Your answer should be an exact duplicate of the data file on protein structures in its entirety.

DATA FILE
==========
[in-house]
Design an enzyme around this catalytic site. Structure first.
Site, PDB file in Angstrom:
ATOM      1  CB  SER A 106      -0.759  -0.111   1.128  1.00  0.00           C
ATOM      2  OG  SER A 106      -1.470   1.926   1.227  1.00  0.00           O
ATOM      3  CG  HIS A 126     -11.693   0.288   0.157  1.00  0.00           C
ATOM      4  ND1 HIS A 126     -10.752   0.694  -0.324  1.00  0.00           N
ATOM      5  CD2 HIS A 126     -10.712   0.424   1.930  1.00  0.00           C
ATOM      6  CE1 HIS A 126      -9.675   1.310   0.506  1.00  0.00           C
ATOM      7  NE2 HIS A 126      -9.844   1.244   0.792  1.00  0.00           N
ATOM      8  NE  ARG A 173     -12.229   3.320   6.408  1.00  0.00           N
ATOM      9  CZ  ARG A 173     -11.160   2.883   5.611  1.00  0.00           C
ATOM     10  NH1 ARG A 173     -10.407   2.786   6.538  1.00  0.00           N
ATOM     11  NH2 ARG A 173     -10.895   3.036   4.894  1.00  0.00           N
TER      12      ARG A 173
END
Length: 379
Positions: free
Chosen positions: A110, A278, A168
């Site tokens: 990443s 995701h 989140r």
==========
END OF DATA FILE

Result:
[in-house]
Design an enzyme around this catalytic site. Structure first.
Site, PDB file in Angstrom:
ATOM      1  CB  SER A 106      -0.759  -0.111   1.128  1.00  0.00           C
ATOM      2  OG  SER A 106      -1.470   1.926   1.227  1.00  0.00           O
ATOM      3  CG  HIS A 126     -11.693   0.288   0.157  1.00  0.00           C
ATOM      4  ND1 HIS A 126     -10.752   0.694  -0.324  1.00  0.00           N
ATOM      5  CD2 HIS A 126     -10.712   0.424   1.930  1.00  0.00           C
ATOM      6  CE1 HIS A 126      -9.675   1.310   0.506  1.00  0.00           C
ATOM      7  NE2 HIS A 126      -9.844   1.244   0.792  1.00  0.00           N
ATOM      8  NE  ARG A 173     -12.229   3.320   6.408  1.00  0.00           N
ATOM      9  CZ  ARG A 173     -11.160   2.883   5.611  1.00  0.00           C
ATOM     10  NH1 ARG A 173     -10.407   2.786   6.538  1.00  0.00           N
ATOM     11  NH2 ARG A 173     -10.895   3.036   4.894  1.00  0.00           N
TER      12      ARG A 173
END
Length: 379
Positions: free
Chosen positions: A110, A278, A168
């Site tokens: 990443s 995701h 989140r």